When I became an entrepreneur, my wealth-building journey really took off. Several years prior, I had read the book Rich Dad Poor Dad. In that book, author Robert Kiyosaki introduces the concept of the cash flow quadrant.
He looks at four different entities: the employee, the self-employed, the business owner, and the investor.
When I read that book, I fell under the employee quadrant, but I knew that if I ever wanted to make serious money, I had to get into the right type of quadrant – either the business owner quadrant or the investor quadrant (the investor quadrant is actually the best).
When I first started as a financial advisor, I was still an employee. I had the ability to make my own hours and grow my business as much as I could, but I also had a lot of restrictions.
My first step was crossing over to being self-employed. Just by making that shift, I saw a 30% increase in income in my first year. Since then, I’ve become a business owner, and now I also consider myself an investor.
As a business owner, I own my wealth management firm. I own my blog, GoodFinancialCents.com, and I also own a few other online properties that all yield my income.
Yes, blogging can be very lucrative – I’ve made over $1,097,757 from it. In fact, I could almost consider my blog as an investment; while blogs do require some upkeep, they certainly do not require nearly the upkeep needed for my financial planning practice.
I’m certainly not the only person who has made a lot of money online. Steve Chou’s wife replaced her $100,000 income with an online store so she could be a stay-at-home mom. It’s amazing what you can do if you put your mind to it.
Whether you are thinking about starting an online business or growing your brick-and-mortar business, it all comes back to working hard now. But you know what? You have to work hard at the right things, or you’ll just be spinning your wheels.
My current businesses are the result of several business ventures that didn’t work out. I tried multi-level marketing on a few occasions. I tried real estate.
I tried a solo 401(k) business. None of these worked out for me. In some cases, I lost a lot of money. In others, it was just a waste of time. But in all those experiences, I learned one thing, it is important that you adopt the mantra: “Win or learn, never lose.”
9. Try Real Estate
Speaking of real estate, although it didn’t work out for me and it’s not right for everyone, it has certainly worked out for others. I asked Brandon Turner from BiggerPockets.com just how quickly real estate investing can help individuals build wealth. Here’s what he had to say:
Real estate investing may not make you wealthy overnight, but it can add zeros to your net worth in a shorter timeframe than many other traditional investments.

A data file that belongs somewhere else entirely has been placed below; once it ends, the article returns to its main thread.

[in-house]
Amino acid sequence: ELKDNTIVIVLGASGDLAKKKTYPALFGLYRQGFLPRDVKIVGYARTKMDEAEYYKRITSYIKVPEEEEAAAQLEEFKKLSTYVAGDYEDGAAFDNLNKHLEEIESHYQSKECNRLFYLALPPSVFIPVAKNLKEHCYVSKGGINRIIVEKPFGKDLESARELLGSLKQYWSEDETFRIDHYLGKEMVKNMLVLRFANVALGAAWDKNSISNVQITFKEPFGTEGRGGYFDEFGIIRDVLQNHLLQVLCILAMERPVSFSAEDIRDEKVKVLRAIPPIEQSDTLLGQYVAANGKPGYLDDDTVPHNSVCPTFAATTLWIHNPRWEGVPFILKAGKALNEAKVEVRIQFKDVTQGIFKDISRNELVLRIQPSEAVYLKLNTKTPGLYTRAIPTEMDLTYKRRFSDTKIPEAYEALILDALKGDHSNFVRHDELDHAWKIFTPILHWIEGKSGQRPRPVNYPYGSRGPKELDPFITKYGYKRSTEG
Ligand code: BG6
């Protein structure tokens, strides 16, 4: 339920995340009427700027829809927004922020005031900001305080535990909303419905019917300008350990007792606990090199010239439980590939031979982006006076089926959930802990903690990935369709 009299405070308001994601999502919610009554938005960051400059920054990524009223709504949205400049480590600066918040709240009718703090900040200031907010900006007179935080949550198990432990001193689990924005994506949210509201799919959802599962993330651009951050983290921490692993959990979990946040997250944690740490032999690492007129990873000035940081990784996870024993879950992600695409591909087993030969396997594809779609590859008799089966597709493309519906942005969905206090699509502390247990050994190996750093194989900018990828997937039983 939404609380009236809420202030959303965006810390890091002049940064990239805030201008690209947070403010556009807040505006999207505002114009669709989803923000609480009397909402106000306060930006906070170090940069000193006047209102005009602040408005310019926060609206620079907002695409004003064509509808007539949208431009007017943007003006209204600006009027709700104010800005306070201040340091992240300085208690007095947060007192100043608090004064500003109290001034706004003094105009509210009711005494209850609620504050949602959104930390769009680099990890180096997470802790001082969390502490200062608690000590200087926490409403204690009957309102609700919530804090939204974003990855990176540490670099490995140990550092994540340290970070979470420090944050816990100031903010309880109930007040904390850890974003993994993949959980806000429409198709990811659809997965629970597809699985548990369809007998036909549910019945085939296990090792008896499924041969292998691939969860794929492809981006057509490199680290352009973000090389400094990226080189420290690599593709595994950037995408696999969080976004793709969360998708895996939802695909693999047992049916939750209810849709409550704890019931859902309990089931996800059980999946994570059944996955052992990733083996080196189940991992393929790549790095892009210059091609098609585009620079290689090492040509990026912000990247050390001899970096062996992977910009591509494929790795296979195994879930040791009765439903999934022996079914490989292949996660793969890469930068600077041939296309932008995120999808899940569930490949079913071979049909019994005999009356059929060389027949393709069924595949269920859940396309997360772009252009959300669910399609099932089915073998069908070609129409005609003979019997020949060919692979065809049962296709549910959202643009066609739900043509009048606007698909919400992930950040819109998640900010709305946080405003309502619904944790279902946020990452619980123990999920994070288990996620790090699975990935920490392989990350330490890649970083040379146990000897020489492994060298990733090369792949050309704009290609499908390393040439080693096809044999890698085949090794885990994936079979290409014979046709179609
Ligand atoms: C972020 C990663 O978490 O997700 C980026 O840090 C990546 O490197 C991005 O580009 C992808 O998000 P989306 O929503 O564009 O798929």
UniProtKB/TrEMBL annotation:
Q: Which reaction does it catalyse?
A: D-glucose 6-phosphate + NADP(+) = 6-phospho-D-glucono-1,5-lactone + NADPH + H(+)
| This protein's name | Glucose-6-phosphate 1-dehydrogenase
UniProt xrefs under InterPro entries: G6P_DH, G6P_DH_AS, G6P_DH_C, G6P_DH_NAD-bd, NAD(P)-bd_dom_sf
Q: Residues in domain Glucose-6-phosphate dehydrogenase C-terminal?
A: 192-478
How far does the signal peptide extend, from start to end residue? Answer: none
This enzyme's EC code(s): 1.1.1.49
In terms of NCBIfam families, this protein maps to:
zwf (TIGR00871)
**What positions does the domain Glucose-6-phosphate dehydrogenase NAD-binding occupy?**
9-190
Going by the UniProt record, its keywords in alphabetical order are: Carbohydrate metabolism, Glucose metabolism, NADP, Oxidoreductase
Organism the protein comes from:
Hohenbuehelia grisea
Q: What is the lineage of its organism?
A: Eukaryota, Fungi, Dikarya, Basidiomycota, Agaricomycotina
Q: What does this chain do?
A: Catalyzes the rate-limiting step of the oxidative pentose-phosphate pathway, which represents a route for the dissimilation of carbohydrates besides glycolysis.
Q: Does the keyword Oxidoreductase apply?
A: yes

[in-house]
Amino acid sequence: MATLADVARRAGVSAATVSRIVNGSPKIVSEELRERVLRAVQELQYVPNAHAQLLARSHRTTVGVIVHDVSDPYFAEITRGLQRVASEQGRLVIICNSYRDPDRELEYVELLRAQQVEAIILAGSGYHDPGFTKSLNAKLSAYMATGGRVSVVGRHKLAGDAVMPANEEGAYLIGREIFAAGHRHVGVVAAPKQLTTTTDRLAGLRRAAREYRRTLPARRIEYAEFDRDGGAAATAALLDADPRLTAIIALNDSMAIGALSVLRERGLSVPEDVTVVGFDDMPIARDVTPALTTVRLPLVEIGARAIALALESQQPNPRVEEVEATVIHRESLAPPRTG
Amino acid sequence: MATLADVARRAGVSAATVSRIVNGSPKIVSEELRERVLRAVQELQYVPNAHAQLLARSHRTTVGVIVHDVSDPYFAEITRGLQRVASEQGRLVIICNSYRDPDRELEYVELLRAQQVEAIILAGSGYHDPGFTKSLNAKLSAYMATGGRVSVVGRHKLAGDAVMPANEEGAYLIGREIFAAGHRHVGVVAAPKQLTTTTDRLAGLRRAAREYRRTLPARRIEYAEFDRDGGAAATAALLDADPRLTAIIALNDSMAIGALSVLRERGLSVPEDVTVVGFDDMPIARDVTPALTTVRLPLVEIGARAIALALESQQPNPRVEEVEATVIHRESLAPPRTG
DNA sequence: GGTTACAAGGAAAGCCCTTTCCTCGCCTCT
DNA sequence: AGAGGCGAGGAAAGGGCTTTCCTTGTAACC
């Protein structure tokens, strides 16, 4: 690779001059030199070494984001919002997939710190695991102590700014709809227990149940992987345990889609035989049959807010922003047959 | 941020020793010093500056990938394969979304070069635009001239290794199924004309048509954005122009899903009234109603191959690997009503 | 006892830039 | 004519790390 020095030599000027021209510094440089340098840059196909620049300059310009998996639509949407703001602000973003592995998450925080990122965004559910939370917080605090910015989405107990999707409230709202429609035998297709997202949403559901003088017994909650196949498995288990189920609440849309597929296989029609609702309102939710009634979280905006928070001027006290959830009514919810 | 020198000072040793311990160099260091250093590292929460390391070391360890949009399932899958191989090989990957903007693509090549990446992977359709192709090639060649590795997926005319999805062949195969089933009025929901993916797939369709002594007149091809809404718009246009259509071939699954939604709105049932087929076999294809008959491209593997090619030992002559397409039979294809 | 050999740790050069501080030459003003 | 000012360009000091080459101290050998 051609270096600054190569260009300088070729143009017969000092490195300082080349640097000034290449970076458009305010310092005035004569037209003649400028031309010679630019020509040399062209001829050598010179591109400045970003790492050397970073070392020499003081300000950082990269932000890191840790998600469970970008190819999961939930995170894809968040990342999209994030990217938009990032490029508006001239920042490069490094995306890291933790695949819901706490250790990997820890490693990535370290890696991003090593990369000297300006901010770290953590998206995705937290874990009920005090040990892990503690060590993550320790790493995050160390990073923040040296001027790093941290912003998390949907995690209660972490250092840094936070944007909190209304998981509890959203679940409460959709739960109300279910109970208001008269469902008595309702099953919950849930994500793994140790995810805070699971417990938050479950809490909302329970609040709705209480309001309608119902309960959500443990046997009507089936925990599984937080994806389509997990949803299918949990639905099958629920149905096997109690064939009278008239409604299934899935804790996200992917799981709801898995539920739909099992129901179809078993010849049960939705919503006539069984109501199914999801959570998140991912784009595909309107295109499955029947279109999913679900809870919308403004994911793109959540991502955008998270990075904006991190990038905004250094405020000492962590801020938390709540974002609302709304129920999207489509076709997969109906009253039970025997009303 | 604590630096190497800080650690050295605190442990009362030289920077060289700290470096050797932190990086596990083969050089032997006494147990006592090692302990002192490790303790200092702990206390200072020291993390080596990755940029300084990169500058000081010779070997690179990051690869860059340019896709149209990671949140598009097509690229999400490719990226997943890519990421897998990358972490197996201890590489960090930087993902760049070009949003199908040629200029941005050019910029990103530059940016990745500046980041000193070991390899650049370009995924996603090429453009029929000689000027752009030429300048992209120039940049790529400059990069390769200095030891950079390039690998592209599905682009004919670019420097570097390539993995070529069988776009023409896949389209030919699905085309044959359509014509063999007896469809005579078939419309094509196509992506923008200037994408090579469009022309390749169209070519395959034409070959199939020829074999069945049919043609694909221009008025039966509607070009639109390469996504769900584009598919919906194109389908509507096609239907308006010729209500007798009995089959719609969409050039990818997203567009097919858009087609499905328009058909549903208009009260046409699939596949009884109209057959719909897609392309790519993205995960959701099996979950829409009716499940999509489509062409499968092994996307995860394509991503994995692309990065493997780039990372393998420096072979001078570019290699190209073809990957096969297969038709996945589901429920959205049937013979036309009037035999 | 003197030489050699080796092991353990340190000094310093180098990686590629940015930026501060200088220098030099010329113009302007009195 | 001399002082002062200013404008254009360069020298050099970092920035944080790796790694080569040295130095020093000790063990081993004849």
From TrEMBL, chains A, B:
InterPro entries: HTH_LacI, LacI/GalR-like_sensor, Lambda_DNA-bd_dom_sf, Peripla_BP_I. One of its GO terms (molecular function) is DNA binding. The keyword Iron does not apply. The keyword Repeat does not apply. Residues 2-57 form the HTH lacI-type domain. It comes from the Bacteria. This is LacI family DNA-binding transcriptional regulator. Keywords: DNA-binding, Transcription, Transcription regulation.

For example, purchasing a fixer-upper house, rehabbing the property, and selling it for more can net you a significant windfall if you do it correctly.
Just be sure to buy low, rehab smart, and sell fast. House flipping, as this process is called, is largely a math game, and significant profits can be made by those willing to take on the challenge.
Another strategy that can help you add wealth quickly through real estate is by purchasing multifamily properties that produce significant monthly cash flow.
This cash flow can be saved and reinvested into more deals, creating a domino effect that will allow you to exponentially grow your real estate portfolio.
For more information, read The Ultimate Beginner’s Guide to Real Estate Investing from BiggerPockets.com.
To build wealth really fast, you’re not going to get there by investing $50 to $100 per month into a Roth IRA. While yes, it’s great as a long-term strategy, it’s not going to make a difference in the short term.
A lot of financial advisers I talked to don’t want to encourage you to take that risk now. Heck, I was one of those financial advisors several years ago.
While not letting you know about all the wealth-building options isn’t financial malpractice, it’s certainly better if your financial advisor gives you a variety of options based on your financial goals, even if it doesn’t help his pocketbook.
It’s always a good idea to talk to several professional investors to see what has worked for them. The best question you can ask any financial professional is how they are investing their money – it will speak volumes.
Let’s step back for a moment. You might be thinking, “How in the world can I learn and do all this stuff? Is it even possible?”
Don’t think that you have to do everything. Instead, focus on a few things and do them well. It all starts by investing in yourself. Listen to podcasts, read books, and take millionaires out for lunch (yes, you buy).
You can start by subscribing to an excellent podcast by Lewis Howes: The School of Greatness Podcast. There, you will become equipped to think differently about yourself and your wealth. It’s fantastic.
As you make it a habit to find ways to better yourself, you’ll also find new potential ways to build wealth faster than ever. Everyone does it differently, and nobody will do it exactly like you.
You’re unique, and you’ll find a way. Just give yourself a chance! I’m so glad I gave myself a chance to succeed. You will be too.
This post originally appeared on Forbes.com.